• Example: You want a full-length skirt, the distance from your waist to your ankle is 46", and you're doing 1/4" seams (x2 for the double fold hem), you want to cut your length to 48"

Christine measuring and marking her fabric

  • Prepare and cut your fabric:
    • Pay attention to your fabric pattern. Is there a design that needs to be facing a specific direction? Keep that in mind when you're laying out your pattern if you don't want your dogs/cats/dinosaurs/whatever to be upside down or sideways.
    • This skirt is essentially a tube of fabric with an elastic waistband drawing it together at the top. If the pattern of your fabric and the length of the skirt you need allow it, you could cut one piece to the size of your waistband wide and the length of your skirt high. If the pattern of the fabric or the length of the skirt do not allow this, you may need to cut two panels to accommodate your needs
    • Example 1: You are using 54" wide fabric and the pattern does not have a distinct orientation. You can cut the fabric to the waist size of 33.5" and then cut or hem to length from the 54". This means you will have a skirt made of a single piece of fabric
    • Example 2: You are using 45" wide fabric and the pattern has a distinct top and bottom. You would cut two panels to the 46" length of the skirt. You will then cut one or both of the panels so that together they add up to the 33.5" waist size.
    • Line up pattern so that right sides (i.e. the 'front' of your fabric) are facing each other.
    • If you are using one piece of fabric, fold in half and pin the side seam. If you are using two pieces of fabric, stack the two rectangles on top of each other and pin your two side seams.

Christine pinning her pattern together with right sides facing

Sewing Instructions

  • Sew together side seam(s). If you are worried about the fabric fraying, you can either hem the seam over so that the cut side of the fabric won't show, or run a second seam parallel to the first so that if it does fray it won't effect the exterior of the skirt.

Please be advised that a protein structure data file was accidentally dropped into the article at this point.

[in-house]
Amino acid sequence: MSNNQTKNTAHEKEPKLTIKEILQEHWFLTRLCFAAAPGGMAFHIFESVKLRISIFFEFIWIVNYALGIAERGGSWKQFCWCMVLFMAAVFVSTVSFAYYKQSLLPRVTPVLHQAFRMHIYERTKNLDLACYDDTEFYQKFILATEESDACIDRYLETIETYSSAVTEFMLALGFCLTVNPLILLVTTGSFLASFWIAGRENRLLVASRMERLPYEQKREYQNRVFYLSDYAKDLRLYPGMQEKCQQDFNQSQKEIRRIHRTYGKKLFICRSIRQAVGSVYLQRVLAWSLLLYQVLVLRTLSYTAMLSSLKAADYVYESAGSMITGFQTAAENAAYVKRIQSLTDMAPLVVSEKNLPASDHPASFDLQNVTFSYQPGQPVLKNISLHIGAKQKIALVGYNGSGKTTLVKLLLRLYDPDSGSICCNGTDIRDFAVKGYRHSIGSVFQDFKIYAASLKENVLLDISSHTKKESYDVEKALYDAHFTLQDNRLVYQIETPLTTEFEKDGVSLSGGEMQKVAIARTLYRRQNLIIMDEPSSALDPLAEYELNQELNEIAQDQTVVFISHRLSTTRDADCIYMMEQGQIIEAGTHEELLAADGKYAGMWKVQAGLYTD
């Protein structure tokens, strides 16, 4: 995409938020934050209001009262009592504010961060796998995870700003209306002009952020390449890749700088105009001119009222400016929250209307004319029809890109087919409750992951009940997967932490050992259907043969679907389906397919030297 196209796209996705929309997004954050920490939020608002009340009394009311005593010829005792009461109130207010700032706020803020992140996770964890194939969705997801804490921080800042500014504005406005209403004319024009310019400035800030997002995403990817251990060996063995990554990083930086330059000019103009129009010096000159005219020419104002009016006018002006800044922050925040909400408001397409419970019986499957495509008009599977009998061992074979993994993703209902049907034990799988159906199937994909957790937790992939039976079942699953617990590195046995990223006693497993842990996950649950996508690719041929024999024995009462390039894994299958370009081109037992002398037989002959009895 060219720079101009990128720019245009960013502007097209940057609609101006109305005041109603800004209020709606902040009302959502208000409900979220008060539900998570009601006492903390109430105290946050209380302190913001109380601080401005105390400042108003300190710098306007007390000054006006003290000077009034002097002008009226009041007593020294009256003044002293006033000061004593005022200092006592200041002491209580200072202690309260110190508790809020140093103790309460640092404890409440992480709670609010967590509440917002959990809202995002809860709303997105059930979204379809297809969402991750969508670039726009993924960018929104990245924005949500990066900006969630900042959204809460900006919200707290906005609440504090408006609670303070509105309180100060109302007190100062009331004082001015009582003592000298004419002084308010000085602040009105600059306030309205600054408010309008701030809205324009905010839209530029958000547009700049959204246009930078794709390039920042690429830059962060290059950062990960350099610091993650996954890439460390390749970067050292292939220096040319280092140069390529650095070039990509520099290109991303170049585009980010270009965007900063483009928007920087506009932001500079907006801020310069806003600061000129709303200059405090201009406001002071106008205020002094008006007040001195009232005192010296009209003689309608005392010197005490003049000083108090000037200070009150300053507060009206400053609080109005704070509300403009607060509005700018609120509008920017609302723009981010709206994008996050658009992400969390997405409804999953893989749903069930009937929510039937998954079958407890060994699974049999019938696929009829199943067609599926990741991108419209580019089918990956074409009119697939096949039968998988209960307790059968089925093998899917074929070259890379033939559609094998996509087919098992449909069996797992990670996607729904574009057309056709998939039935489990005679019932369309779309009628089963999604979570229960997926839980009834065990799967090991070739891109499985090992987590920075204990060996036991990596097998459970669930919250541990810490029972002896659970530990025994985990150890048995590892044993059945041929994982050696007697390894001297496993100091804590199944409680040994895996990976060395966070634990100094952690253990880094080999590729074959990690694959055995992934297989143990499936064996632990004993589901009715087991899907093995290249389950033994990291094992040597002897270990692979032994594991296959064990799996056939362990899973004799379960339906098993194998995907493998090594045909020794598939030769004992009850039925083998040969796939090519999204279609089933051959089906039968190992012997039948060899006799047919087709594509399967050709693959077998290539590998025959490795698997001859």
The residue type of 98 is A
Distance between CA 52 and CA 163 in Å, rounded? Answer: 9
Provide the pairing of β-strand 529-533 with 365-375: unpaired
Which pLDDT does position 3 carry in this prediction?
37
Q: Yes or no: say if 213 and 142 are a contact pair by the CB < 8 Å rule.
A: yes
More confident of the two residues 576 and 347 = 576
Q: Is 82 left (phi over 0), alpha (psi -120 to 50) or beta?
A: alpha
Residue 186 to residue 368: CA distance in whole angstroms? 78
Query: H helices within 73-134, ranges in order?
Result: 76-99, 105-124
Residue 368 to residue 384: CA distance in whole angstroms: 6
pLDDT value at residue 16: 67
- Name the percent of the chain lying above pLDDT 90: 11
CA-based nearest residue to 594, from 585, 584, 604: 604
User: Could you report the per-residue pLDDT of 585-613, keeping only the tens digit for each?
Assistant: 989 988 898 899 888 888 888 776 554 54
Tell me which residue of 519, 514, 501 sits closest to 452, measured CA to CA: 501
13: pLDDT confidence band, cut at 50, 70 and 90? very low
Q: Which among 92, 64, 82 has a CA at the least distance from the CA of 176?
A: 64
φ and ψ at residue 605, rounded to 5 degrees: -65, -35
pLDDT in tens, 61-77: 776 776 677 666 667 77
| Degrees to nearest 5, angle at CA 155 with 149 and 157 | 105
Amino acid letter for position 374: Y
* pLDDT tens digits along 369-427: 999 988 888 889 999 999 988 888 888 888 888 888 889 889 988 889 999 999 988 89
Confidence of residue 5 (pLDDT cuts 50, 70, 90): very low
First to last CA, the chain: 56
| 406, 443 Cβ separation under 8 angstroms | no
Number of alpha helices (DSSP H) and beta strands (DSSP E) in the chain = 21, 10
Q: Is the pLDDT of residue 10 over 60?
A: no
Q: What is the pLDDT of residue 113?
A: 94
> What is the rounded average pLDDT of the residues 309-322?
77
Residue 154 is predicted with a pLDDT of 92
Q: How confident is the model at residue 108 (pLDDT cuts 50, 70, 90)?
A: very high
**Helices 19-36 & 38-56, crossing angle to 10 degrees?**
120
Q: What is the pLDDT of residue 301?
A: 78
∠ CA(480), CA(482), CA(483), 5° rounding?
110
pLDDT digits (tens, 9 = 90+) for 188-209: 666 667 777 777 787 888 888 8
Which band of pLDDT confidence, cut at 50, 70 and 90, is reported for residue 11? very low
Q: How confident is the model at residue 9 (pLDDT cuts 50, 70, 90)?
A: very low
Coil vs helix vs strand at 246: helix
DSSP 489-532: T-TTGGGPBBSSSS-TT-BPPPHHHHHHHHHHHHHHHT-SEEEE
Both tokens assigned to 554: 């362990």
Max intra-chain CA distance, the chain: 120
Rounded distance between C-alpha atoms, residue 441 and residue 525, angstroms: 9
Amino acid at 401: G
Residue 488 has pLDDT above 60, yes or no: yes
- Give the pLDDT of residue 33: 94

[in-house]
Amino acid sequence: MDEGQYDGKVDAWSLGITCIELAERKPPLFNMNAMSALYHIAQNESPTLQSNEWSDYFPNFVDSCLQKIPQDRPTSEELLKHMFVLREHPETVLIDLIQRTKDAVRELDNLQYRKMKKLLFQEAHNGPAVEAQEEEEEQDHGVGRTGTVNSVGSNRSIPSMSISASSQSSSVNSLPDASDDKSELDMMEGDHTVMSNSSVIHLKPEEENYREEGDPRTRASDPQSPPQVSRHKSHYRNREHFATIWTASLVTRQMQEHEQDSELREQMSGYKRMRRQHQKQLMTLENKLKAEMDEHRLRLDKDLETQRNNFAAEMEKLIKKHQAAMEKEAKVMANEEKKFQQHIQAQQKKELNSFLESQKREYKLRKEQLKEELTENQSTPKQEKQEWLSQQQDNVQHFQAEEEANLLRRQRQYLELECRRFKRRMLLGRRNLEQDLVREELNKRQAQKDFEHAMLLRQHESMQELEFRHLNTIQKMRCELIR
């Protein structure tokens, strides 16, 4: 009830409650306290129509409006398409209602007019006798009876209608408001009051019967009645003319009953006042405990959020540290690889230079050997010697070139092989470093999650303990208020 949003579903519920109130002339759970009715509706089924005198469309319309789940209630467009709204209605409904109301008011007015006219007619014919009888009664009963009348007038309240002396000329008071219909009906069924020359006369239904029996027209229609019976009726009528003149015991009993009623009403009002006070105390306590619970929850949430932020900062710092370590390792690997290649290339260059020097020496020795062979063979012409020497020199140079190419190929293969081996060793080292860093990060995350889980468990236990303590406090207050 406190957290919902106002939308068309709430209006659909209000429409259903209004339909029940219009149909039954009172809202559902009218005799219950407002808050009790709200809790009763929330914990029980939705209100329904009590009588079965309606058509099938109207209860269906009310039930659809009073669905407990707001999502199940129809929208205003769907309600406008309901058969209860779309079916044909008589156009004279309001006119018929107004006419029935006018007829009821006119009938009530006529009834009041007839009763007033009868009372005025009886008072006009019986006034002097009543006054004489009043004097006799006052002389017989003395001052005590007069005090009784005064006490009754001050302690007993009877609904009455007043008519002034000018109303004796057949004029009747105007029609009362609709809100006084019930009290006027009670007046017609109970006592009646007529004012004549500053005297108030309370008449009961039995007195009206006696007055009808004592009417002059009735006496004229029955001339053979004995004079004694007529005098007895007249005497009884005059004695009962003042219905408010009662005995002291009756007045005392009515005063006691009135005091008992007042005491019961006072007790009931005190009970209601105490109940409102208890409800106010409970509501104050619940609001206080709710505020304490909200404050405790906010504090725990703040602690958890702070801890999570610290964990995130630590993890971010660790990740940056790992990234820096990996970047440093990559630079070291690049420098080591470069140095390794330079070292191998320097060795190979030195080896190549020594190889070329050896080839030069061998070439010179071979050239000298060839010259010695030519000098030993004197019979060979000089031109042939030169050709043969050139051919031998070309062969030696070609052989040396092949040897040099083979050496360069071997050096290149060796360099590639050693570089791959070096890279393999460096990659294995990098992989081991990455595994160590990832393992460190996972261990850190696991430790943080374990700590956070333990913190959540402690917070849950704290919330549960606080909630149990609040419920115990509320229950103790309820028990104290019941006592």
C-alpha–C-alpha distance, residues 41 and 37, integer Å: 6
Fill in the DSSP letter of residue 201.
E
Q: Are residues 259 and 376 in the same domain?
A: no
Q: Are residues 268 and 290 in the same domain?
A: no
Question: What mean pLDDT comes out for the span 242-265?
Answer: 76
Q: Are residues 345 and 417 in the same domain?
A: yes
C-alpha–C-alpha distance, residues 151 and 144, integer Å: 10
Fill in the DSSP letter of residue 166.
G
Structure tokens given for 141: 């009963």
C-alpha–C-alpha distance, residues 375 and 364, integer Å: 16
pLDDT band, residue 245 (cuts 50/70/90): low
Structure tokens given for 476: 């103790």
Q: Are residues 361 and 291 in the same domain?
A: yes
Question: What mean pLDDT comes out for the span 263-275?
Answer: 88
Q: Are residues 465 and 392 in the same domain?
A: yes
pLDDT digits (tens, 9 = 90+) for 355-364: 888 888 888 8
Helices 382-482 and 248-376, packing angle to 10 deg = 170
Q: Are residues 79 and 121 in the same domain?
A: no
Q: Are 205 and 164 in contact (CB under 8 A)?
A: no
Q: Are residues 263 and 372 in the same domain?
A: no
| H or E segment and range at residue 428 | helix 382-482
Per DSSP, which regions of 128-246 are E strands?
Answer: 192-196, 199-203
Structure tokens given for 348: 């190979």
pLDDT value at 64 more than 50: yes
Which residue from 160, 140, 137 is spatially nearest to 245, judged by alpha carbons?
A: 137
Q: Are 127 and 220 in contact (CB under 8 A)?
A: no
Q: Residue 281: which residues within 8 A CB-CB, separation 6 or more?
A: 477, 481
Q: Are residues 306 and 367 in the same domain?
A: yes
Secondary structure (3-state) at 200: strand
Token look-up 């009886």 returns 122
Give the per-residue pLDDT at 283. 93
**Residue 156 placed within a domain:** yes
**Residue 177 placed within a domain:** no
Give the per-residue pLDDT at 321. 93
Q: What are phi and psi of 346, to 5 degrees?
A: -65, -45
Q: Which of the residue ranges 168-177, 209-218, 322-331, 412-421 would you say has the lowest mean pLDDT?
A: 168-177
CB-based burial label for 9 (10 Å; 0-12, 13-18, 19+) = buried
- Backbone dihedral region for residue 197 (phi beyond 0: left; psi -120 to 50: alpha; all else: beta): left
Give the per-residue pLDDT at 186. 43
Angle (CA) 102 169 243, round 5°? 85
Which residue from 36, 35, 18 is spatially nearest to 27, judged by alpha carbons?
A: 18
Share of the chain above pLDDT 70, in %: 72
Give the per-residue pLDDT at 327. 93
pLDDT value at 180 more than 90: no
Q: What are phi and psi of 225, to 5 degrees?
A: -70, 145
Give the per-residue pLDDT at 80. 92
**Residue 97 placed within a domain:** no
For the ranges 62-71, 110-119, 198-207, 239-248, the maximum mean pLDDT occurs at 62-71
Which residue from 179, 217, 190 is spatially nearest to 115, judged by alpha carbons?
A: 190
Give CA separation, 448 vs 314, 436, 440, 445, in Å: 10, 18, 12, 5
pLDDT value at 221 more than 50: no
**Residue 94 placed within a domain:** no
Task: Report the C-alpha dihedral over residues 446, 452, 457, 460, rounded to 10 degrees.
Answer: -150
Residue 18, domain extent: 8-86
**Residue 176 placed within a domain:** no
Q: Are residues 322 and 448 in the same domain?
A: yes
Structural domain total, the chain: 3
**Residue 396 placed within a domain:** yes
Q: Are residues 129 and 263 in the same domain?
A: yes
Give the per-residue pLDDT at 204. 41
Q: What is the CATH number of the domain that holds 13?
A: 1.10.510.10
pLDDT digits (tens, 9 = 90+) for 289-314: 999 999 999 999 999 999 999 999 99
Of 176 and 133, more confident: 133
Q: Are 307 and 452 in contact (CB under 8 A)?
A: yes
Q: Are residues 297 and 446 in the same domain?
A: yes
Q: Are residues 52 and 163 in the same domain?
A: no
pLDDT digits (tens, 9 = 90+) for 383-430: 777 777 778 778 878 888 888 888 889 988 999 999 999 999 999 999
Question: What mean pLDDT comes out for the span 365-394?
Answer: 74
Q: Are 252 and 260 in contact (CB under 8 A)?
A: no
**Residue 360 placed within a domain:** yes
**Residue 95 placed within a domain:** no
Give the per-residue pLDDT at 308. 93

Christine sewing together her side seams

  • Single hem along the waistline of the skirt (fold over to your seam allowance and run a straight stitch over it)
  • Fold again leaving a channel large enough to fit your elastic waistband through (if you are using 1" elastic, fold to 1 3/8" this give you enough space for a 1/4" seam allowance and an 1/8" margin of error). An easy way to ensure that your hem is a consistent size, you can cut a strip off of an index card or other piece of cardstock and fold over that as a template. Run a straight stitch at the bottom of the waistband leaving a 1 1/4" gap in this seam.

Elastic on top of a cut index card to demonstrate a hem template

  • Gauge the size of waistband by wrapping the elastic around your waist and tightening it to the level that seems comfortable to keep the skirt where you want it. Leave a 1" allowance and cut to size.
  • Use a flat pin to attach one end of elastic to your skirt panel outside of the gap in your waistband seam. Attach the safety pin to the other end of your elastic, feed it through the gap in your waistband seam. Use the safety pin to feed the waistband through the channel until it emerges again through the gap.

Elastic pinned to hem, then fed through one side of the waistband and emerging through the other with the safety pin still attached

  • Make sure that your elastic is not twisted inside of the waistband.
  • Overlap your 1" allowance on your waistband and sew several parallel lines within that inch to secure the elastic (since elastic stretches, this is an easy point of failure if you only do one point of attachment).

Elastic with 1" overlap sewn together with three parallel lines

  • Feed the seam back into the channel and close the gap in your seam
  • Even out the distribution of gathers in the waistband so that it is even across the skirt. Start by stretching the waistband as far as it will extend, then manually even out any additional areas where necessary.

Try it on!

  • If you are making the skirt for yourself or someone in the vicinity, this is a good time to turn the skirt right side out and try it on to gauge the fit of the waist and the length of the skirt.

Double Hem the bottom of skirt

  • Fold hem once to seam allowance, run a straight stitch to secure.
  • Fold hem to the the length of skirt you prefer.

Finishing Touches

  • Cut all of your loose threads.
  • Try skirt on. If anything doesn't quite look right, don't be afraid to rip your seams and redo (I probably spend more time ripping than sewing).

Christine wearing the first skirt she ever made!

Free Soft Wear

This sewing tutorial is released under CC BY-SA 4.0! Please feel free to share and adapt the content of this post!